Eating peanut butter as teen may be tied to later breast health

October 4, 2013 | by Denise Heady

A new study suggests that girls who eat peanut butter as teens and pre-teens may lower their risk of benign breast disease later in life.  A new study suggests that girls who eat peanut butter as teens and preteens may lower their risk of benign breast disease later in life.

Peanut butter is not only packed with nutrition, making it an excellent lunch-box and snack choice, but a new study suggests that girls who eat it as teens and preteens might have a lower risk of benign breast disease later in life.

The study, conducted by researchers from the Washington University School of Medicine, Dana-Farber Cancer Institute and Harvard Medical School, analyzed the consumption of vegetable fat and vegetable protein by 9,039 adolescent and preadolescent girls, ages 9 to 15, who took part in the Growing Up Today Study. The researchers then analyzed the consumption of peanut butter, peanuts, nuts, beans and corn specifically.

“A daily serving at 14 years of any one of the foods was associated with lower risk, as was peanut butter (and nuts). Girls with a family history of breast cancer had significantly lower risk if they consumed these foods or vegetable fat,” the researchers wrote. “In conclusion, consumption of vegetable protein, fat, peanut butter, or nuts by older girls may help reduce their risk of BBD as young women.”

As for peanut butter specifically, the researchers found, preteen and teen girls who consumed it at least three times a week had a 39 percent lower risk of developing benign breast disease as an adult.

Although benign breast disease is a common, noncancerous condition, it could increase the risk of developing breast cancer later in life.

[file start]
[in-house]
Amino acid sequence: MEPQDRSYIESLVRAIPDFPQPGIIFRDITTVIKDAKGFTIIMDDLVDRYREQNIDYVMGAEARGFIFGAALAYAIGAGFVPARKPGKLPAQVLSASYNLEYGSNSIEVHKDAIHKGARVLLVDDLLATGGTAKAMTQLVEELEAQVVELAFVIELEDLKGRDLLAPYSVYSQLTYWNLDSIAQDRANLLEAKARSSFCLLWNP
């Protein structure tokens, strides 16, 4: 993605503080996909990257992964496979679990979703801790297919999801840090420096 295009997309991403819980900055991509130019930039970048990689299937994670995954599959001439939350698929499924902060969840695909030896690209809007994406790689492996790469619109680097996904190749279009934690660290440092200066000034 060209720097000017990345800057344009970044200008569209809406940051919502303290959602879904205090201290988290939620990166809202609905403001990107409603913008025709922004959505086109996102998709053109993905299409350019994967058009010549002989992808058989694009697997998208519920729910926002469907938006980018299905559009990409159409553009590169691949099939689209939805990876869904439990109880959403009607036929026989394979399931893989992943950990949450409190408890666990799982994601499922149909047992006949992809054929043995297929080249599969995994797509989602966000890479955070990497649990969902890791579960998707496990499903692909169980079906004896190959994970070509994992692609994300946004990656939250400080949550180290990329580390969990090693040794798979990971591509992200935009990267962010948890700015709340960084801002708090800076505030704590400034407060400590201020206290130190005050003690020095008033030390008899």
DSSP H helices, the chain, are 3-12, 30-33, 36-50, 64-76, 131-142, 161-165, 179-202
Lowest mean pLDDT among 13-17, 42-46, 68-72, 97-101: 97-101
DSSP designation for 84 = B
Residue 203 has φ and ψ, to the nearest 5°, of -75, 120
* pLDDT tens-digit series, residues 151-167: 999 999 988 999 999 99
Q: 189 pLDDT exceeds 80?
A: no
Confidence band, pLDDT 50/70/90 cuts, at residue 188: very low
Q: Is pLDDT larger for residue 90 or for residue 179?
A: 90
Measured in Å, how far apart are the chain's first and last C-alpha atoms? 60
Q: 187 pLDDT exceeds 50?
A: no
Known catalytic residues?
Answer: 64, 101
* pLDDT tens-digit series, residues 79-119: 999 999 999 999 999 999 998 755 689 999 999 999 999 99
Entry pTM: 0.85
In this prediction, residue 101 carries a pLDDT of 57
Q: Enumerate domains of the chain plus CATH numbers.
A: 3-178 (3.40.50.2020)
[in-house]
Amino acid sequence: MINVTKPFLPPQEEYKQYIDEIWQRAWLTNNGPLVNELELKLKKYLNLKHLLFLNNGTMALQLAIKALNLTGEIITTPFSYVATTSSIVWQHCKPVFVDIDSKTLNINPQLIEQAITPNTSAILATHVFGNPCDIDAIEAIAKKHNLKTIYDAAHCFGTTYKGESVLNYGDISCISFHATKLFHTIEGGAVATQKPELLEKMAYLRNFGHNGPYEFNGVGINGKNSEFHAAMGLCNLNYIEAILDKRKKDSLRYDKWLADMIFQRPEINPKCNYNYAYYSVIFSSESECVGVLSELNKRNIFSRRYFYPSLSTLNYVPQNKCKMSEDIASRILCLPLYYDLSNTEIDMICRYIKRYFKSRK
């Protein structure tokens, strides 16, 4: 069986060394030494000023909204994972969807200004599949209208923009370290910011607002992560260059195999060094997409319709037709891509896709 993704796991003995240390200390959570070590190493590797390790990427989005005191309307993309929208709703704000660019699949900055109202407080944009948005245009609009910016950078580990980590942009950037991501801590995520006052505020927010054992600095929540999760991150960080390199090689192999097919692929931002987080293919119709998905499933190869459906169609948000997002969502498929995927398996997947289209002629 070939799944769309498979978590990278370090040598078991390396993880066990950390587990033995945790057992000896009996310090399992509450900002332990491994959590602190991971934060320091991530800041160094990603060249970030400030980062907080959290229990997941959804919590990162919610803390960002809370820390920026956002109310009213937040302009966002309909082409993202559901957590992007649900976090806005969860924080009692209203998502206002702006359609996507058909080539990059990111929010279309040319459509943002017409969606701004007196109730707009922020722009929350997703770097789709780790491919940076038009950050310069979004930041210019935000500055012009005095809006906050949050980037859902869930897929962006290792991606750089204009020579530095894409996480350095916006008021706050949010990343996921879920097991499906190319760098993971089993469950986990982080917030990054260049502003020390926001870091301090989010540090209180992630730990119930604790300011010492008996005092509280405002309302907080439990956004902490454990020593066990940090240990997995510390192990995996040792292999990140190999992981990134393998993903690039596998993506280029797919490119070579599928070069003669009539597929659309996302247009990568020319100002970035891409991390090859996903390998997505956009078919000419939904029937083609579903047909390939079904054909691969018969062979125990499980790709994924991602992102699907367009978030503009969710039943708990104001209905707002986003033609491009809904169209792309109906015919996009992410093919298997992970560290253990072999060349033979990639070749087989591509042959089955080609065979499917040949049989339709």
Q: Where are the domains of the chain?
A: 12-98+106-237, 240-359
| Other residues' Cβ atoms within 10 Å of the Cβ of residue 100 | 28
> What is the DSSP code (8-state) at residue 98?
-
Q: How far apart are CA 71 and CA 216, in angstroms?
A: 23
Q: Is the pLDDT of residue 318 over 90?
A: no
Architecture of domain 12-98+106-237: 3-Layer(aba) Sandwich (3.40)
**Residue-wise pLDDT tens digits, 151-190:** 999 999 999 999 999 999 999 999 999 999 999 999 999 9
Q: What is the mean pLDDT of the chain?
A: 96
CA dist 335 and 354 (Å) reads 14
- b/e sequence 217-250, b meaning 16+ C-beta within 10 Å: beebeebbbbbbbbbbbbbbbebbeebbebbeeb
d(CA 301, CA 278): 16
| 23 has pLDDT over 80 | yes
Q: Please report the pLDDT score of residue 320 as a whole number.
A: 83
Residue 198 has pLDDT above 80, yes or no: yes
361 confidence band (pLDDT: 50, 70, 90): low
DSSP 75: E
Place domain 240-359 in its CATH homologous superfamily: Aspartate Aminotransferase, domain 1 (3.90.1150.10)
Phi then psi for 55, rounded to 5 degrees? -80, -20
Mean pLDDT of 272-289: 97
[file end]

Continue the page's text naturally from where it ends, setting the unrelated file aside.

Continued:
The findings were published recently in Breast Cancer Research and Treatment. They were based on annual questionnaires about diet from 1996 to 2001, and on biannual questionnaires until 2010.

Other sources of vegetable fats and proteins — such as lentils, beans and soybeans — could also have the same effect as peanut butter, the researchers noted, but they added that the data on these foods were not as abundant as the data on peanut butter.

As compelling as the findings are, however, they did not establish a cause-and-effect relationship between peanut butter consumption and a lowered risk of benign breast disease, merely a correlation. And that gives one City of Hope expert reason to pause before recommending daily peanut butter for everyone.

Steven Chen, M.D., an associate clinical professor of breast and endocrine surgery at City of Hope, told HealthDay that the study was well done, but at this point in the research, he said, it’s hard to explain the link between the consummation of peanut butter and a reduced risk of benign breast disease.

"It's always good to lower any risk [of breast cancer or breast disease] you can, but whether peanut butter intake will have a major impact on developing breast cancer down the line, only time will tell," Chen said.

Chen also noted that, although lowering benign breast disease does lower breast cancer risk, many other factors increase breast cancer risk. Of note, he said, in countries where less meat is eaten, less breast cancer is reported.

So getting some protein through vegetables is a good idea. And, he said, based on the study findings, teen and preteen girls certainly "shouldn't avoid peanut butter and nuts if they are not allergic."

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